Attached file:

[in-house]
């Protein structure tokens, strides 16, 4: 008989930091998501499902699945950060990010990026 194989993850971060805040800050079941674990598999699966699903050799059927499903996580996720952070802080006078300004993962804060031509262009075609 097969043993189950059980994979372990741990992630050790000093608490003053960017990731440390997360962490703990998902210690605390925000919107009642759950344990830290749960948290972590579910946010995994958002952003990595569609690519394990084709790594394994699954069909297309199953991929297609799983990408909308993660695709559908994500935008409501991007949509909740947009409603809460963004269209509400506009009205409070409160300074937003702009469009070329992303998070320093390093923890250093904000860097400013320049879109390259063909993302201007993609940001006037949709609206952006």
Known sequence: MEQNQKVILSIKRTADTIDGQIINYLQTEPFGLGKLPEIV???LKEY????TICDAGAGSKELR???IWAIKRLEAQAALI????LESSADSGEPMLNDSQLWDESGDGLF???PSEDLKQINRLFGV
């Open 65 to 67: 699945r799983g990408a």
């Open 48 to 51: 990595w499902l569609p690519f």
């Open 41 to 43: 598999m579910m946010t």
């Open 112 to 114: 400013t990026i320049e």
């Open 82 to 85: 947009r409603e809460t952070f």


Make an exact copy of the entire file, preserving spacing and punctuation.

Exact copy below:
[in-house]
């Protein structure tokens, strides 16, 4: 008989930091998501499902699945950060990010990026 194989993850971060805040800050079941674990598999699966699903050799059927499903996580996720952070802080006078300004993962804060031509262009075609 097969043993189950059980994979372990741990992630050790000093608490003053960017990731440390997360962490703990998902210690605390925000919107009642759950344990830290749960948290972590579910946010995994958002952003990595569609690519394990084709790594394994699954069909297309199953991929297609799983990408909308993660695709559908994500935008409501991007949509909740947009409603809460963004269209509400506009009205409070409160300074937003702009469009070329992303998070320093390093923890250093904000860097400013320049879109390259063909993302201007993609940001006037949709609206952006």
Known sequence: MEQNQKVILSIKRTADTIDGQIINYLQTEPFGLGKLPEIV???LKEY????TICDAGAGSKELR???IWAIKRLEAQAALI????LESSADSGEPMLNDSQLWDESGDGLF???PSEDLKQINRLFGV
């Open 65 to 67: 699945r799983g990408a």
């Open 48 to 51: 990595w499902l569609p690519f």
């Open 41 to 43: 598999m579910m946010t």
């Open 112 to 114: 400013t990026i320049e």
């Open 82 to 85: 947009r409603e809460t952070f």